Tuesday evening, the Roseboro Board of Commissioner took a forward focus as it hammered out its 2014-15 fiscal plan, a goal of improving infrastructure — with roads at the forefront of members’ minds — as its priority.
The proposed budget that they worked on during the Tuesday budget meeting was current through May 29; however, there are still outstanding debts that have not been paid.
“In June, we pay the second half of the police contract,” said town clerk Nancy Lindsay during the June 3 meeting. That is around $118,000, she said.
“The waste water treatment plant bond was paid in June, and that is $70,305, somewhere around in there,” detailed Lindsay.
“Those are the two huge things that stand out that are paid in June, other than just normal monthly bills,” said Lindsay.
“I received a bill today for the new aeration unit that got installed at the water treatment plant so that is $3,100 coming out of capital outlay,”explained Lindsay.
The office is also in need of some new equipment, including a new copier fax with color and a color laser printer. Modifications are also something that they are look towards in the future in regards to setting up a central server for backup purposes.
They also hope to rip up the carpet and put in new flooring as well as raise the floor by the window so that they can better see customers come into the municipal building.
“I want to see us do some good improvement on our streets,” said Commissioner Richard Barefoot. “Our streets are pitiful.”
“This patching, that’s all it is, it’s just patching,” he added.
“To let you all know we do have a situation on Pleasant Street that has just come up in the last two or three days,” Commissioner Cary Holland interjected, referring to the area by the fire department.
“All this has happened really quick,” Holland explained. “It’s sunk in.” He said that it was just like the situation that happened down on Roseboro Street. That sinkhole in downtown happened in December of last year around the time of the Roseboro Christmas parade.
“There is a flow problem,” Holland detailed, saying further that it is sucking in and washing up underneath the road.
“We’ve got to fix it, otherwise the buses are going to fall in,” said Commissioner Ray Clark Fisher.
“You can take your head and look up under it and there is a four or five foot cavity both ways,” said Holland.
Fisher noted that the fire trucks are heavy and weigh 40,000 pounds. It is a surprise, he said, that they haven’t fallen in.
Members said they are going to have to place a concrete or aluminum pipe underneath the road. The town started working on the problem Wednesday.
The board is also trying to determine how they can insulate themselves from major road repairs by getting ahead of the game.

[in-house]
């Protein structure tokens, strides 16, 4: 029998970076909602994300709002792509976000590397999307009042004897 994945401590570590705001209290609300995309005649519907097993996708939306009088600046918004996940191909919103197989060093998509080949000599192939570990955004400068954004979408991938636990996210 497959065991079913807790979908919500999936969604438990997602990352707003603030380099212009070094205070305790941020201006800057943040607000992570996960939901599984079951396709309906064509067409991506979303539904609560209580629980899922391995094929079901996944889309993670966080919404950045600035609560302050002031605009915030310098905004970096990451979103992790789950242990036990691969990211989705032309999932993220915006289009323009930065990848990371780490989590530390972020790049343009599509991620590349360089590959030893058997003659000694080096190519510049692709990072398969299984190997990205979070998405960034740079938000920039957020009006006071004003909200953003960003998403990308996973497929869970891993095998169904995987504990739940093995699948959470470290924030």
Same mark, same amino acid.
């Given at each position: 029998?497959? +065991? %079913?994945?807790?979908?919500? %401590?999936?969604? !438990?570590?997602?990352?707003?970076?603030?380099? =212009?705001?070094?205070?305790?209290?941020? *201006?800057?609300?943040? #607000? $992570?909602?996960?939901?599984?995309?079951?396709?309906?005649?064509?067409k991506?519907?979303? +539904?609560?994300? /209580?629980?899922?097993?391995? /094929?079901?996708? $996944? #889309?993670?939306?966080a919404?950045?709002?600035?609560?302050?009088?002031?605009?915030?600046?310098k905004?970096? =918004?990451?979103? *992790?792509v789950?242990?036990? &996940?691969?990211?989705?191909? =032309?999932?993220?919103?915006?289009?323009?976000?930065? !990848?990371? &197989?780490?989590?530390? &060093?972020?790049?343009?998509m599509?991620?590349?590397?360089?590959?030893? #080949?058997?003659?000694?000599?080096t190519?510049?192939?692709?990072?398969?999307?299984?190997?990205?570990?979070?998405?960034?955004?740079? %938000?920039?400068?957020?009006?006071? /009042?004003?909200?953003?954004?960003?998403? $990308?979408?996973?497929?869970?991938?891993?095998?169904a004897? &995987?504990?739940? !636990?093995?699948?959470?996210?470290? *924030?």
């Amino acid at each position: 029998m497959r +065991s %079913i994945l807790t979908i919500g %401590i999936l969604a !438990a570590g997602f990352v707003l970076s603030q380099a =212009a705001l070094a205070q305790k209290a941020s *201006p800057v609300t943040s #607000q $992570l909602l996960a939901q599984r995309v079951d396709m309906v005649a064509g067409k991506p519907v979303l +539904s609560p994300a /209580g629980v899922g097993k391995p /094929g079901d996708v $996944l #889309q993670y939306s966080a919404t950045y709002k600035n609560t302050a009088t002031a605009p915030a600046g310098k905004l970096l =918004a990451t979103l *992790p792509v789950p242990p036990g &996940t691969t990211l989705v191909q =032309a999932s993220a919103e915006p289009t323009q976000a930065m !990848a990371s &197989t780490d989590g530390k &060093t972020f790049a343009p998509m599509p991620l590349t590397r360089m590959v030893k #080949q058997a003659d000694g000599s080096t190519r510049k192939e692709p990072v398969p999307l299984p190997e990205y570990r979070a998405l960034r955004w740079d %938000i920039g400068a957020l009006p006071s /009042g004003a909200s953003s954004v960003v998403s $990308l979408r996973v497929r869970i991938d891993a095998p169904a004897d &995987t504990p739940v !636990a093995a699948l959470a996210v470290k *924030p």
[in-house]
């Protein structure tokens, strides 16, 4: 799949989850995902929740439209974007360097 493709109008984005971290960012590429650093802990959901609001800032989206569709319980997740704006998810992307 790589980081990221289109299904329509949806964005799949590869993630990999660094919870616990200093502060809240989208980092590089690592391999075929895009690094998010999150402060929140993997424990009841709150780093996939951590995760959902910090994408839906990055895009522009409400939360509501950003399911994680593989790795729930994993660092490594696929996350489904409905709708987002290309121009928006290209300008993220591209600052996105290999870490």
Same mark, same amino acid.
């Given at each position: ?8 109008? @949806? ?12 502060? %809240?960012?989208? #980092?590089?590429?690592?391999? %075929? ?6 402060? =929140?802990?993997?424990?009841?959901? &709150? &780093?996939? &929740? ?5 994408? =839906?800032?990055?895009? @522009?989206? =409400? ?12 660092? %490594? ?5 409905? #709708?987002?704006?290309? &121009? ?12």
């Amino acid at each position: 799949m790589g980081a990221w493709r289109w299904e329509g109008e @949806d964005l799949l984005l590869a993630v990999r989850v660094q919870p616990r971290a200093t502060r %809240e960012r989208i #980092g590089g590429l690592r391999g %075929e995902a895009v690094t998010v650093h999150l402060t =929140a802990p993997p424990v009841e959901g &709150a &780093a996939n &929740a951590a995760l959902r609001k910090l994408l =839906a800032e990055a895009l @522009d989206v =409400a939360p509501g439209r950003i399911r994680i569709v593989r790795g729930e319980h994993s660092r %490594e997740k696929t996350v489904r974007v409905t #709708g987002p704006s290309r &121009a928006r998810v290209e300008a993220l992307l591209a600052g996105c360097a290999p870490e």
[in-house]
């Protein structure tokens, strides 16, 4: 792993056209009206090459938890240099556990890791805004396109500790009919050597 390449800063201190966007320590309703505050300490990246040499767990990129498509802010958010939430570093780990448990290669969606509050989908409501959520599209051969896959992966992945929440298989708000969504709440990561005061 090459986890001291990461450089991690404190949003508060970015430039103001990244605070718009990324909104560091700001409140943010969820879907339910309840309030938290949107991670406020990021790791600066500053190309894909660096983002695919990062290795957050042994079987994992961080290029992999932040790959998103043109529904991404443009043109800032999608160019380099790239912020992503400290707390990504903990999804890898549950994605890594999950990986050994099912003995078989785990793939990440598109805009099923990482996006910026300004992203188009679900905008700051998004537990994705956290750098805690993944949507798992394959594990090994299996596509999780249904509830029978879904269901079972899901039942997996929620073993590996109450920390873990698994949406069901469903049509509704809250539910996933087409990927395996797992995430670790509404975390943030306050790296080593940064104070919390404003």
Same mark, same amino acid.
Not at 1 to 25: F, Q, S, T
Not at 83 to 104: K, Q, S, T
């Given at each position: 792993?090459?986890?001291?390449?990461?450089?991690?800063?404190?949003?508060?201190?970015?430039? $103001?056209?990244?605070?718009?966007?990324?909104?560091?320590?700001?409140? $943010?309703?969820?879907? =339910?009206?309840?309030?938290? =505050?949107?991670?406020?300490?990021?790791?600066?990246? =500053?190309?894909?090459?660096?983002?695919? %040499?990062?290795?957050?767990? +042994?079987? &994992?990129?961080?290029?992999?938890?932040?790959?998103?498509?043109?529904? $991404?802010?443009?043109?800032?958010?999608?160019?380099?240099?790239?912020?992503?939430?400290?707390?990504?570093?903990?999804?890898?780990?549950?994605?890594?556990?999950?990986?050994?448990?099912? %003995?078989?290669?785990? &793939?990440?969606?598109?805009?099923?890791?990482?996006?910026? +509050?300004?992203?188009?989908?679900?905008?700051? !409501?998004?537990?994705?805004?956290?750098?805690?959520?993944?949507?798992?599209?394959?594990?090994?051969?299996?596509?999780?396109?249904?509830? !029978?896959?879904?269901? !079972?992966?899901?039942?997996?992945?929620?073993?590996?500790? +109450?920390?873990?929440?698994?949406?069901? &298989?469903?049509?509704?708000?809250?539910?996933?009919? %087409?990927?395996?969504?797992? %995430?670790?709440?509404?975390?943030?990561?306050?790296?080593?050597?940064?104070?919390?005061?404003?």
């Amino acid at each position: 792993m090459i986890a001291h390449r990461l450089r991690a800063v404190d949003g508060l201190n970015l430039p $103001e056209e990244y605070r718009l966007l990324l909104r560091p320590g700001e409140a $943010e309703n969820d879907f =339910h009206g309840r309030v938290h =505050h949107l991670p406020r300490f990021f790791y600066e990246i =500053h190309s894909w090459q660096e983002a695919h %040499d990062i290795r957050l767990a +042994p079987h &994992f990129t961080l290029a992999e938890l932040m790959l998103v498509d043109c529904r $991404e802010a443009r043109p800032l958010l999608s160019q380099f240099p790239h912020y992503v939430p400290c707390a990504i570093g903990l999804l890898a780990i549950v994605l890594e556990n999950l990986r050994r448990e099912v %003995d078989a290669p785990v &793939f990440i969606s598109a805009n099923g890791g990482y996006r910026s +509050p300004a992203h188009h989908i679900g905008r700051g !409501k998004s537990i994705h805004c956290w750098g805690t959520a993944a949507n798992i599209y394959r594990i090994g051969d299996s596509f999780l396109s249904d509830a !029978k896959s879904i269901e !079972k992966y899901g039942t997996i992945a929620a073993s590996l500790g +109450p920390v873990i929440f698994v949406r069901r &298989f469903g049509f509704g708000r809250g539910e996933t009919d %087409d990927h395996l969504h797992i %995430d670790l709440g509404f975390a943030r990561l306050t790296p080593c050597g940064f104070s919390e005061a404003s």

“We need to be thankful for where we are,” said town commissioner Alice Butler.
“The streets have been so bad for so long, and it’s not about pointing fingers,” added Holland.
“We’ve got to start with something,” said Fisher.
The town clerk offered more details as the board continued to discuss the situation.
“In prior years we didn’t spend as much on contract services, and I think it’s because there was probably a larger team and a little more of an experienced team with Buck (Ammons) being here so long and knowing how to do it,” said Lindsay. “The town was able to do a lot of work for themselves and so there wasn’t as much contracting fee.” Buck Ammons was Roseboro’s longtime public works director who retired after 27 years of service on Tuesday, Aug. 13, 2013.
Last year there was a good amount of paving going on in Roseboro on Legion Street, NE Railroad Street and South Street to the tune of around $60,000 including potholes.
“If we don’t get to start doing something it’s going to get looking like the buildings downtown,” said Fisher.
“We have done some prioritizing and we are prepared,” said Holland. The board discussed leaving what money is in the Powell Bill fund alone and work on spending what will be coming in each year on repairs.
“Let’s learn how to spend the Powell Bill on what it is meant to be (spent on),” said Commissioner Richard Barefoot.
On May 21, the town offices began closing on Wednesday mornings to allow the clerks time to catch up on some paperwork.
“We use those four hours each week to go through files,” said Lindsay in a telephone interview. “We are getting everything in order and updating the computers and working on paperwork.” The board voted on the temporary change in schedule to enable the staff to have the project time.
“This will help us become more efficient and not let things slip through the cracks,” she said. Currently they are digging though 40 years of paperwork and throwing out what they don’t need.
Emily M. Hobbs can be reached at 910-592-8137 ext. 122. Follow us on Twitter: @SampsonInd